Sunny but still cold at 9:00. A fly walks slowly up a porch column. Water gurgles in the ditch. Three kinds of sparrows trade songs.
When I come out, a committee of flies is convening on my chair, despite the chill. Ten minutes pass without a single bird call, then phoebe.
Cool but humid. A vireo sings quietly, as if talking to himself. One of those quick, small flies cleans its wings with its hind-most legs.
Small flies cavort on the porch floor despite the morning chill, sure of the heat to come. The red-eyed vireo is beginning to sound weary.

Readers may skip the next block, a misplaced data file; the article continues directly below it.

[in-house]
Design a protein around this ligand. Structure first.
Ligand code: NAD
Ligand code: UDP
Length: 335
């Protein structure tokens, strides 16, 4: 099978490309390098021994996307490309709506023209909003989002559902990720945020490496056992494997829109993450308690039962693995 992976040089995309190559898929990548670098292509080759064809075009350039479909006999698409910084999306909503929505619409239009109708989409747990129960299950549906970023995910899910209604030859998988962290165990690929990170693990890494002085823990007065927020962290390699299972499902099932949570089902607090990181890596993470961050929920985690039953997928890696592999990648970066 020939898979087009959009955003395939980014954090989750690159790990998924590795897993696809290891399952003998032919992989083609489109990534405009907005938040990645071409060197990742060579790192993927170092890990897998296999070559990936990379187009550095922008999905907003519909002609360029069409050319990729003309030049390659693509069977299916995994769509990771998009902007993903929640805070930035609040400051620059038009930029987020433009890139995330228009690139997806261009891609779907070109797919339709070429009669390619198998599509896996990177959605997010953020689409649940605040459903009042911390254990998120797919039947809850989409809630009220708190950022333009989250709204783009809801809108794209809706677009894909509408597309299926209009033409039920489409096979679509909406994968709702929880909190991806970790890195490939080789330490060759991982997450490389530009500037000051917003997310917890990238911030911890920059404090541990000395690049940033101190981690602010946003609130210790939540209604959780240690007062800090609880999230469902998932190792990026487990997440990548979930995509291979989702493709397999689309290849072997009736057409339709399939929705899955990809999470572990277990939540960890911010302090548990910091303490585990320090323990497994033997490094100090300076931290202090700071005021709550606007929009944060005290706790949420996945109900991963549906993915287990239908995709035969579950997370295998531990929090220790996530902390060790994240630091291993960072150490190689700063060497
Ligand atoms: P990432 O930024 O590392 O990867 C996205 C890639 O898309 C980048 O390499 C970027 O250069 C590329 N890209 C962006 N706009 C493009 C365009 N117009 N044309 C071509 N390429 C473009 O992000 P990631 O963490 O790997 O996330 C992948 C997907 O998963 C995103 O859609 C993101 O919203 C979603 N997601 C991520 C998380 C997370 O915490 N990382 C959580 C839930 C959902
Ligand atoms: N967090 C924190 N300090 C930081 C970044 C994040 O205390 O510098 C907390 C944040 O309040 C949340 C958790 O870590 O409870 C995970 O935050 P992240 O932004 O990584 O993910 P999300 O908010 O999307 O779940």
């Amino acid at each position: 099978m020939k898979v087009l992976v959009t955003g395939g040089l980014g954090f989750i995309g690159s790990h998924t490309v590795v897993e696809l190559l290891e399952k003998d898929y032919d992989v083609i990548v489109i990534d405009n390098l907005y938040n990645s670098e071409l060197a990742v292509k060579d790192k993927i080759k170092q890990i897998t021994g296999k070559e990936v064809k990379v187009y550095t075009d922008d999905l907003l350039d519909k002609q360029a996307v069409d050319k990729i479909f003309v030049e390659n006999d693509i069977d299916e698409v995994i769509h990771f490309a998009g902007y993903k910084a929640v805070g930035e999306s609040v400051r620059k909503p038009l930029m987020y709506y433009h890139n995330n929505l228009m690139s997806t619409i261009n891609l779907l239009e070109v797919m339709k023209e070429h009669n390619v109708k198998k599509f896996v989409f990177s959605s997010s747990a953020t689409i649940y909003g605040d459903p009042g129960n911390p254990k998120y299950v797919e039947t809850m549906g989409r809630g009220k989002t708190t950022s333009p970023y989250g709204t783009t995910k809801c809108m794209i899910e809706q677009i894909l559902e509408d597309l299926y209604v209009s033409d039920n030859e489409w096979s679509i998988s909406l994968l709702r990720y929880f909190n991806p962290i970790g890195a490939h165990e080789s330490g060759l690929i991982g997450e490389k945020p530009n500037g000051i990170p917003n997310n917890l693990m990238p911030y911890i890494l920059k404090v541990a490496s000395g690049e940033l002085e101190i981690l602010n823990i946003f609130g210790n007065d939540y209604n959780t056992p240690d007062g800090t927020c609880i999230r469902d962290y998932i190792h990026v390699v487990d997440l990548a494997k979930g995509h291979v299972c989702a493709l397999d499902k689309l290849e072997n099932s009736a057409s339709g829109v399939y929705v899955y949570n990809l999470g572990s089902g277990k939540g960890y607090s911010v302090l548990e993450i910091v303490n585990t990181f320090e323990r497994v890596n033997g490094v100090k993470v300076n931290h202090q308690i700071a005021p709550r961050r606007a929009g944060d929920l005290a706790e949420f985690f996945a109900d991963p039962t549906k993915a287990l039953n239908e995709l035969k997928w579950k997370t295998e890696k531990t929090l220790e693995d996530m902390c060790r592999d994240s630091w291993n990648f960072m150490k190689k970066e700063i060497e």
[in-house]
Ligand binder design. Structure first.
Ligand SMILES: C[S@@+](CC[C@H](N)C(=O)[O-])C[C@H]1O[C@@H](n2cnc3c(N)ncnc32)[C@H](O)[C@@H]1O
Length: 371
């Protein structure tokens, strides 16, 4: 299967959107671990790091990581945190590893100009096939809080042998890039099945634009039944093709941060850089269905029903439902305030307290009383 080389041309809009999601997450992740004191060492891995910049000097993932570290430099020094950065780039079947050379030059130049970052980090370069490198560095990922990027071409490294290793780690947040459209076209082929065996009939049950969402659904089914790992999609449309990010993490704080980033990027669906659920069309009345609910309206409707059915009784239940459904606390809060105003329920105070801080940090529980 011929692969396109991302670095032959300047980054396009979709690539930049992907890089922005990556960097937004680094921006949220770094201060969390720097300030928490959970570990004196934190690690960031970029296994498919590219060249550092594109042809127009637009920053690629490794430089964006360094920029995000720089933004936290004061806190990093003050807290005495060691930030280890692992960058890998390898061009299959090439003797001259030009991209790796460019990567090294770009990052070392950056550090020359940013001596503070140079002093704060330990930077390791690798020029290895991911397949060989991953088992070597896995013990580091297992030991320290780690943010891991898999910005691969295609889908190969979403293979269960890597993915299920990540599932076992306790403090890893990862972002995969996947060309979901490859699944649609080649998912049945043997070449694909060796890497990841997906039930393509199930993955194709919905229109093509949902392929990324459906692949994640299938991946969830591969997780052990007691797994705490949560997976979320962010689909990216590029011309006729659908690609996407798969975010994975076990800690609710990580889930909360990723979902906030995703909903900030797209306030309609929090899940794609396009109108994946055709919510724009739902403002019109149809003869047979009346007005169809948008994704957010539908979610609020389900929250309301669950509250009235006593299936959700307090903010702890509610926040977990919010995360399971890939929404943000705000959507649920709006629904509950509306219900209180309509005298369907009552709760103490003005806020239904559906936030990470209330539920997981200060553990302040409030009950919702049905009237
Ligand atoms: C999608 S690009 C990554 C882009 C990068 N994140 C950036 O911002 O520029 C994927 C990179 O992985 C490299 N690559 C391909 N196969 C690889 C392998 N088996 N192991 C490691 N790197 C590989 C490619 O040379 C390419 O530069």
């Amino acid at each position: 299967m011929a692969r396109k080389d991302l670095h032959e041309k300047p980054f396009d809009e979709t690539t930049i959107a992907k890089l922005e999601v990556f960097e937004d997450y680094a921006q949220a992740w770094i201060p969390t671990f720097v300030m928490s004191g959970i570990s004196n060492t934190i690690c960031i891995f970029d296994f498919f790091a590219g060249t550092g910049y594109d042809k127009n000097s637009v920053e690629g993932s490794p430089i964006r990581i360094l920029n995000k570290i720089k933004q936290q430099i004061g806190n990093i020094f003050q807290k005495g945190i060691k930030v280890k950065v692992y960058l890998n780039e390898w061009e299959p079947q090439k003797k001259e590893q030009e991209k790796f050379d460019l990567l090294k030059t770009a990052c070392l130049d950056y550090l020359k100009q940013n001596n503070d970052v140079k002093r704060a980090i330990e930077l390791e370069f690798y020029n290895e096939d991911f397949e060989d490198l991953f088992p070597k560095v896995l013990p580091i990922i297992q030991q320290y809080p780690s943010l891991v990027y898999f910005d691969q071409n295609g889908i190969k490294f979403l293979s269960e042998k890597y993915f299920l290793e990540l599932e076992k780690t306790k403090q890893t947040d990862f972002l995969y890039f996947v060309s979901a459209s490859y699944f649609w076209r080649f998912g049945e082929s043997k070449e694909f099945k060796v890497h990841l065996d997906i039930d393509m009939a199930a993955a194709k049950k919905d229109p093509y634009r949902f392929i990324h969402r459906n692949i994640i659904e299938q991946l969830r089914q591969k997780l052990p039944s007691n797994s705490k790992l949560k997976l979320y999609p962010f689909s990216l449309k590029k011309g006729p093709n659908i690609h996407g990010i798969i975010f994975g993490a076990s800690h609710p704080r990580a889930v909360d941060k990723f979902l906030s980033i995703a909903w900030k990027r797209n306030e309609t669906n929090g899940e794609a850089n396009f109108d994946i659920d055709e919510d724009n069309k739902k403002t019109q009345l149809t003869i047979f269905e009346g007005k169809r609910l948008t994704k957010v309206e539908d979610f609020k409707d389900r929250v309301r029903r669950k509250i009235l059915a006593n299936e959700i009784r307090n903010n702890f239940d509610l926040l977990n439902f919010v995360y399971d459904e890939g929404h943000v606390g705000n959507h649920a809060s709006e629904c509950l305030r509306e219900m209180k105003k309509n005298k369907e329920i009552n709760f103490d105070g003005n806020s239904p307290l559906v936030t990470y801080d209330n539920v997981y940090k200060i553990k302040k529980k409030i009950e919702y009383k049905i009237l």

Three small flies gather on the top railing, wandering back and forth on the straight white road like lost commuters. Today will be hot.
A halictid bee pivots in the black-eyed susan, a metallic green mote. At the end of one petal, a deerfly dries those anti-petals, its wings.
A doe strains to lick the flies from the part of her back her tail can’t sweep, black riders unshaken by the endless tremors in her fur.
On the steep slope below my parents’ house, a doe sweeps the deerflies from her twin fawns’ spotted backs with her long, rough tongue.
I prop my feet up on the rail, and within seconds, a blowfly lands on the toe of my left sandal and a syrphid fly on my right. It’s summer.